But that spoils their ceremonial and, in the minds of the group’s early prophets, protective nature; A few are taking the issue up the ladder — and using social media to garner more support.
‘Vaginas need to breathe. It’s a thing,’ church member Sasha Piton of Idaho Falls, Idaho wrote on Instagram.
‘But my LANTA some of us are struggling with skin infections, eczema flares, UTIs, yeast infections, and so many other things… And many are afraid to prioritize physical health over the symbol of what the garments represent,’ she continued.
‘You are not alone. There are many people struggling with the garment, and ultimately it’s about finding the balance and being connected to Christ and letting our vaginas breathe,’ she told her followers.
‘Me personally? I don’t stress about it, since it’s personal and I’ve come to a place where I feel confident making choices between me and God,’ she said, later explaining to the Times that she decided to stop wearing the garments while exercising and sometimes at night.
She concluded with a plea for ‘buttery soft garments’ that are ‘seamless’ and have a ‘thick waistband that doesn’t cut into my spleen.’
Her entreaty was met with waves of support, including comments from women who shared their own struggles.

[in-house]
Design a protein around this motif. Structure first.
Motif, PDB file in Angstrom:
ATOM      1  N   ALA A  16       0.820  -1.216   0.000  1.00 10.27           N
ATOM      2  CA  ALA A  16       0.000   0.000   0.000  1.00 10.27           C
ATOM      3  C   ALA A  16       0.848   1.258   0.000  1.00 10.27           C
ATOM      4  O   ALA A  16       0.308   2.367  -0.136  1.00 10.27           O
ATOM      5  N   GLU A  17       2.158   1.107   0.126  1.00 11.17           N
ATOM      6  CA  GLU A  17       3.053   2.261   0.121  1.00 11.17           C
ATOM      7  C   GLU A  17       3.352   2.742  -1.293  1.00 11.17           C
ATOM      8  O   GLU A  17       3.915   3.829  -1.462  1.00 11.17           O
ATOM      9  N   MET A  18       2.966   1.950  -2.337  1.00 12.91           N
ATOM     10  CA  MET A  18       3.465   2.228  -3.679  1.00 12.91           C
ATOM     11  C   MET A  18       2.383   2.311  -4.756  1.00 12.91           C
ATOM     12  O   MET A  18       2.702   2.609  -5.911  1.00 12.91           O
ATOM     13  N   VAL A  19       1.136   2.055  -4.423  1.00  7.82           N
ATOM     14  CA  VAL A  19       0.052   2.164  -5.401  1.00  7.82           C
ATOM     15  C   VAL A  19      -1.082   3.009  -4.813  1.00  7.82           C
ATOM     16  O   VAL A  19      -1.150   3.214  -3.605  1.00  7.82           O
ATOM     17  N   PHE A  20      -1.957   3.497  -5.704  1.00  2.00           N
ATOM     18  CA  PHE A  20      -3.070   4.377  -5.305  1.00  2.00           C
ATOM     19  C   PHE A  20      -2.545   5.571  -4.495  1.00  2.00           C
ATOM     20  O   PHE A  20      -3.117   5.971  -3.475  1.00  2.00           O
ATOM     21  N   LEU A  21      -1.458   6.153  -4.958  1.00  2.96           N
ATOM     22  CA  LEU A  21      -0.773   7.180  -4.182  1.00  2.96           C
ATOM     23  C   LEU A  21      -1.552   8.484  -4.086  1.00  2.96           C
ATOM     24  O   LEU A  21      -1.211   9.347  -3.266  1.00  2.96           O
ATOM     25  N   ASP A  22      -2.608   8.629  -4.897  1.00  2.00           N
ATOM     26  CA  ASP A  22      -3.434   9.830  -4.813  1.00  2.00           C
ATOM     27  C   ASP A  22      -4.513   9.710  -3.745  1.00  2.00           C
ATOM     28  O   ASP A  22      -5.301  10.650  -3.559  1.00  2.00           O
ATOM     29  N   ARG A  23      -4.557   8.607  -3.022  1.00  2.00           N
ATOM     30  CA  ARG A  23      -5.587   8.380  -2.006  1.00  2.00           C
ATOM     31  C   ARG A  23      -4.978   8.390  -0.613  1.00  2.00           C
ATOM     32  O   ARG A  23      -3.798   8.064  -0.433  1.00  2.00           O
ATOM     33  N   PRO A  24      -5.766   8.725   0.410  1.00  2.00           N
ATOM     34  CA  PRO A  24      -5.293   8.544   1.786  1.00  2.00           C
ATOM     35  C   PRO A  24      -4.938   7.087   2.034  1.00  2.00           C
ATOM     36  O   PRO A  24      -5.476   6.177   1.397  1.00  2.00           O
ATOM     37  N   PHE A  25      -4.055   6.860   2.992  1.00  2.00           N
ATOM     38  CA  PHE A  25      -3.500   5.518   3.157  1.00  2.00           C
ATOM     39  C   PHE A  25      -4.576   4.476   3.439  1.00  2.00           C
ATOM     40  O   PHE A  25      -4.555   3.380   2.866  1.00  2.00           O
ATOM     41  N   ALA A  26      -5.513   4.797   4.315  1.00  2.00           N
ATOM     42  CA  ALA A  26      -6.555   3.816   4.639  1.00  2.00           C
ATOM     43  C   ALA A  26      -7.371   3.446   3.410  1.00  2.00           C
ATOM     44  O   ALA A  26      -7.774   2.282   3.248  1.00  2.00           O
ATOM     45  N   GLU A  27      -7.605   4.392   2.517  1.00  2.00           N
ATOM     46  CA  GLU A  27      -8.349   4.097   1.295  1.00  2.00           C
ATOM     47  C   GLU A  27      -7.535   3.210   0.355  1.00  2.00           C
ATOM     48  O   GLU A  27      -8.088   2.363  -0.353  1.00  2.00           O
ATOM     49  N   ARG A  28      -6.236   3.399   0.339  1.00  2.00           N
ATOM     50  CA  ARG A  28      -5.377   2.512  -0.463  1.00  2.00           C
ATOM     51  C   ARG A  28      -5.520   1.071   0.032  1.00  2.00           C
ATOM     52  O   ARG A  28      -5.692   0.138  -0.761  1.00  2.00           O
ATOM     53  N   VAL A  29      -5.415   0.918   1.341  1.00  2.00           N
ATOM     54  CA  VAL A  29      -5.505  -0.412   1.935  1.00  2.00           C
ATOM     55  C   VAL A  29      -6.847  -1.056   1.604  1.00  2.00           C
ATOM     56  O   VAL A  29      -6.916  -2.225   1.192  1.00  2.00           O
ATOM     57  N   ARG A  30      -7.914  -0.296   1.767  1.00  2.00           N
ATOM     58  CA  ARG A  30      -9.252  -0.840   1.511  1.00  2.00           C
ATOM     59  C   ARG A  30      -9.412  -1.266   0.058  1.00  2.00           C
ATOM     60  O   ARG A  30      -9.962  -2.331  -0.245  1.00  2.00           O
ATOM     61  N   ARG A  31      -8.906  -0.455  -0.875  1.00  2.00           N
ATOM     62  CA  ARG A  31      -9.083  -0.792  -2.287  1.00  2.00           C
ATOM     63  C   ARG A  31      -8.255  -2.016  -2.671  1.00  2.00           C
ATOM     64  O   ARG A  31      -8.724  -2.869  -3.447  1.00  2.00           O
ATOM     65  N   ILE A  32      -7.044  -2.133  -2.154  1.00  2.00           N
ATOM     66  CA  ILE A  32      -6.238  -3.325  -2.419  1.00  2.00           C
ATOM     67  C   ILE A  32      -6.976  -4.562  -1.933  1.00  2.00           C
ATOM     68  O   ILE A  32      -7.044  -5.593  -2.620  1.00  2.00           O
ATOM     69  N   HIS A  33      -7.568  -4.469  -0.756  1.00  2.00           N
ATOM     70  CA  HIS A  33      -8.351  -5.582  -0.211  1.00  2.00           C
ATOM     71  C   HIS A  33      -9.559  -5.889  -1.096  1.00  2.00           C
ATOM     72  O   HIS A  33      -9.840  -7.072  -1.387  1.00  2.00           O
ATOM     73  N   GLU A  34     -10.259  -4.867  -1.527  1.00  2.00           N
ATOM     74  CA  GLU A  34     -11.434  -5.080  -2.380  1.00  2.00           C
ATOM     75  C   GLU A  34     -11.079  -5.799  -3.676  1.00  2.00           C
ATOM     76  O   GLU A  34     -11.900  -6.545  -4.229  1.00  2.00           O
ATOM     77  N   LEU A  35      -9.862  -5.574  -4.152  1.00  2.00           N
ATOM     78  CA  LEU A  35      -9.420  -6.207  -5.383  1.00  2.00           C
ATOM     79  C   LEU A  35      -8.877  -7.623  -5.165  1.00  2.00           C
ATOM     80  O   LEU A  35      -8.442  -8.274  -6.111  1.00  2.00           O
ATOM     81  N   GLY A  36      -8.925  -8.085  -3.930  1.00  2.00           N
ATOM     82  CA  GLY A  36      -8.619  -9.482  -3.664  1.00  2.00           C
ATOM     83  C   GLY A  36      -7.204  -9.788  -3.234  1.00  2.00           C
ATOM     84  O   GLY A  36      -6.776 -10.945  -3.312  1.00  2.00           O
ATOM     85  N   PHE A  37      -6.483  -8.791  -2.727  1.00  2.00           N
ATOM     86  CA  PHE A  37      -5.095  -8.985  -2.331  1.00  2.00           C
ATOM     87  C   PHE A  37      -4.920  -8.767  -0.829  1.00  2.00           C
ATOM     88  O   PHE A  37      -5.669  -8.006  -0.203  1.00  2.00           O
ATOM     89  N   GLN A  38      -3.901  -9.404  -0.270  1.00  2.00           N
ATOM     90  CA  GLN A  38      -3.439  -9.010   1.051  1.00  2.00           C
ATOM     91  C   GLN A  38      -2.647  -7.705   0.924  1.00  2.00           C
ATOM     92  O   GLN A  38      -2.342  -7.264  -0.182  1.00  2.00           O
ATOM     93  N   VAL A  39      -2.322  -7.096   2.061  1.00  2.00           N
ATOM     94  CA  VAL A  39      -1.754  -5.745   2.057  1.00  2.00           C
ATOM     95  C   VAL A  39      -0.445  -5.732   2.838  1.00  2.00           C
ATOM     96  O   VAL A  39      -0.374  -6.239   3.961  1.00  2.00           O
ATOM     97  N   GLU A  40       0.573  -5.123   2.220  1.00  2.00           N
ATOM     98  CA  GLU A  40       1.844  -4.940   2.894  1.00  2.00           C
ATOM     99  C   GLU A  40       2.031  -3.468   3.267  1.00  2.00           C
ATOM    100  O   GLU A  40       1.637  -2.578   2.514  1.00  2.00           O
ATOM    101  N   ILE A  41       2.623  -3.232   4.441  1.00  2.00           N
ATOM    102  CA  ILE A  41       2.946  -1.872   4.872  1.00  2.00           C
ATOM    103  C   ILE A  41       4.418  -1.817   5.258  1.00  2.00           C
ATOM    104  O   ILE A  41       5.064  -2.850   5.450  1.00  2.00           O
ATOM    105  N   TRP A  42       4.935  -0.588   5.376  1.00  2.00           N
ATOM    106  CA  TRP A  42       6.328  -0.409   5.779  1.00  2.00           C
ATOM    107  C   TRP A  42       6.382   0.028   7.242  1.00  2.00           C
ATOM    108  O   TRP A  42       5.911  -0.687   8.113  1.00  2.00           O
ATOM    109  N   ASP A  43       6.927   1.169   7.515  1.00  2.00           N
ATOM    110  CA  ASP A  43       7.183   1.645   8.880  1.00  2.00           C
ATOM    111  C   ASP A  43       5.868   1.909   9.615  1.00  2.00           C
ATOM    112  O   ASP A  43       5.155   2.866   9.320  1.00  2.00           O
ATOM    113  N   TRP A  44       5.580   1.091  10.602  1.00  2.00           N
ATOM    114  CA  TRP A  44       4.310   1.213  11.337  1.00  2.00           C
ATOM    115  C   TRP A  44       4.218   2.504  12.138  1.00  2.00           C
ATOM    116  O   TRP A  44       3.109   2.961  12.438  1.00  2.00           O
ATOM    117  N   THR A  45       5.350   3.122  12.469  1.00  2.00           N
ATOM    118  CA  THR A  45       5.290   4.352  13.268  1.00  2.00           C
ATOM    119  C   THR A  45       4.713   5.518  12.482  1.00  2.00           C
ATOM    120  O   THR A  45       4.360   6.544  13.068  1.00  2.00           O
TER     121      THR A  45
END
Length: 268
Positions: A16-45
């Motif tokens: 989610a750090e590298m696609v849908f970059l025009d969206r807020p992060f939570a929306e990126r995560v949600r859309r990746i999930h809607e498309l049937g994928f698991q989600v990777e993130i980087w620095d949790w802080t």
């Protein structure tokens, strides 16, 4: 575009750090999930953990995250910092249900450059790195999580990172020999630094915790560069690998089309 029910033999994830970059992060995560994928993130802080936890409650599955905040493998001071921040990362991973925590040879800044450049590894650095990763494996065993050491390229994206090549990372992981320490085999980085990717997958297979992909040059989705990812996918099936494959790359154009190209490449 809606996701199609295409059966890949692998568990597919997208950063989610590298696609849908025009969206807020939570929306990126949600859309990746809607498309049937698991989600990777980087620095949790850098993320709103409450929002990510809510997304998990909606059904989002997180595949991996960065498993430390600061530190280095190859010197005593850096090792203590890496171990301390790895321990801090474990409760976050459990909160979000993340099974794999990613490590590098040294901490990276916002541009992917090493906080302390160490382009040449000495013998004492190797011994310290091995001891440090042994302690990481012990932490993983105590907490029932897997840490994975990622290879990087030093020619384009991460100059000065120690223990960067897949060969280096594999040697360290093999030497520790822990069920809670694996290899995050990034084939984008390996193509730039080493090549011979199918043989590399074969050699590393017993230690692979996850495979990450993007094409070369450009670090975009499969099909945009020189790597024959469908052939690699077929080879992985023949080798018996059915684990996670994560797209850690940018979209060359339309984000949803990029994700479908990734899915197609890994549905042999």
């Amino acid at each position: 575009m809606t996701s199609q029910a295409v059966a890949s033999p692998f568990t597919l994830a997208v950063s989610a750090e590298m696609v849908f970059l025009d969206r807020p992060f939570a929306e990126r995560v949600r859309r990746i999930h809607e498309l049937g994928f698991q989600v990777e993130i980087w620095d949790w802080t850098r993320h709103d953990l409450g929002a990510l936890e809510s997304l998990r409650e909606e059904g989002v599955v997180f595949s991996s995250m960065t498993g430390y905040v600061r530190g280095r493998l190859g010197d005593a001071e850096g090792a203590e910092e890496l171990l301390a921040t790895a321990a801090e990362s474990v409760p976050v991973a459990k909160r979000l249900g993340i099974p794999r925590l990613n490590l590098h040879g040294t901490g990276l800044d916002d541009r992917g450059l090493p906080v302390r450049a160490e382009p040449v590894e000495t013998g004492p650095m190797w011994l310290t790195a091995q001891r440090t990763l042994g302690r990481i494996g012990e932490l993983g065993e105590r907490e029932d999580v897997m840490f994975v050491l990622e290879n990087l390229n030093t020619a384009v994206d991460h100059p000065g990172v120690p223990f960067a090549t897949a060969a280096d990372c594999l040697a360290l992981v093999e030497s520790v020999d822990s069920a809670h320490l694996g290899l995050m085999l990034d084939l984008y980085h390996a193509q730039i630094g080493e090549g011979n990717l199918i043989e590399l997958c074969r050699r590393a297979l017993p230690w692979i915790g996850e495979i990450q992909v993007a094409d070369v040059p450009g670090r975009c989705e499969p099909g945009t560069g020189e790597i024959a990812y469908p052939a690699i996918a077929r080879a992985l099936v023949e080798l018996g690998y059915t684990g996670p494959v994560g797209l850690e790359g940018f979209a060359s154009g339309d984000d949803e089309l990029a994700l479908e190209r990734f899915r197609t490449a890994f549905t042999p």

‘Garments are what I struggle with the most in the church. They are so uncomfortable, especially in the summer,’ wrote one.
‘We NEED gentler waistbands!!!’ commented another.
‘Seriously, though. What man thought it would be a good idea having a seam right down the middle on women’s underwear? Clearly someone unfamiliar with female anatomy,’ argued a third.
One said that while she was pregnant, she suffered so much with vaginal health and UTIs that she needed to go to the hospital — and she realizes now it was because of the temple garments.
‘I wish women had talked about it then so I could’ve had some relief!’ she said. ‘I will no longer guilt myself and feel the horrible shame that I know my Savior wouldn’t want me to feel.’
Another admitted she is taking a break from wearing the garments following years of recurrent UTIs.
Complaints also abound in private Facebook groups for Mormon women, according to the Times, with some sharing specific complaints about wearing the garments on religious missions to hot, humid climates — and suffering from rashes and infections.
Changes are certainly possible, and the church has actually tweaked the design of the garments before.
Men and women originally wore the same exact design, which featured longer sleeves and pant legs. Those have been shortened, with slightly different designs for women and more fabric options.
The most recent improvements were made in 2018. According to Religion News, they included silk-screened markings that don’t show through clothes, stretch cotton fabric, the absence of tags, less constrictive underarms, and a different fit overall.
But the church still hasn’t faced the issue of vaginal infections, even though the topic has been raised.
One woman, Afton Southam Parker, said that when she made her case to a church designer, it was suggested to her that ‘talking about pads and gore’ was inappropriate.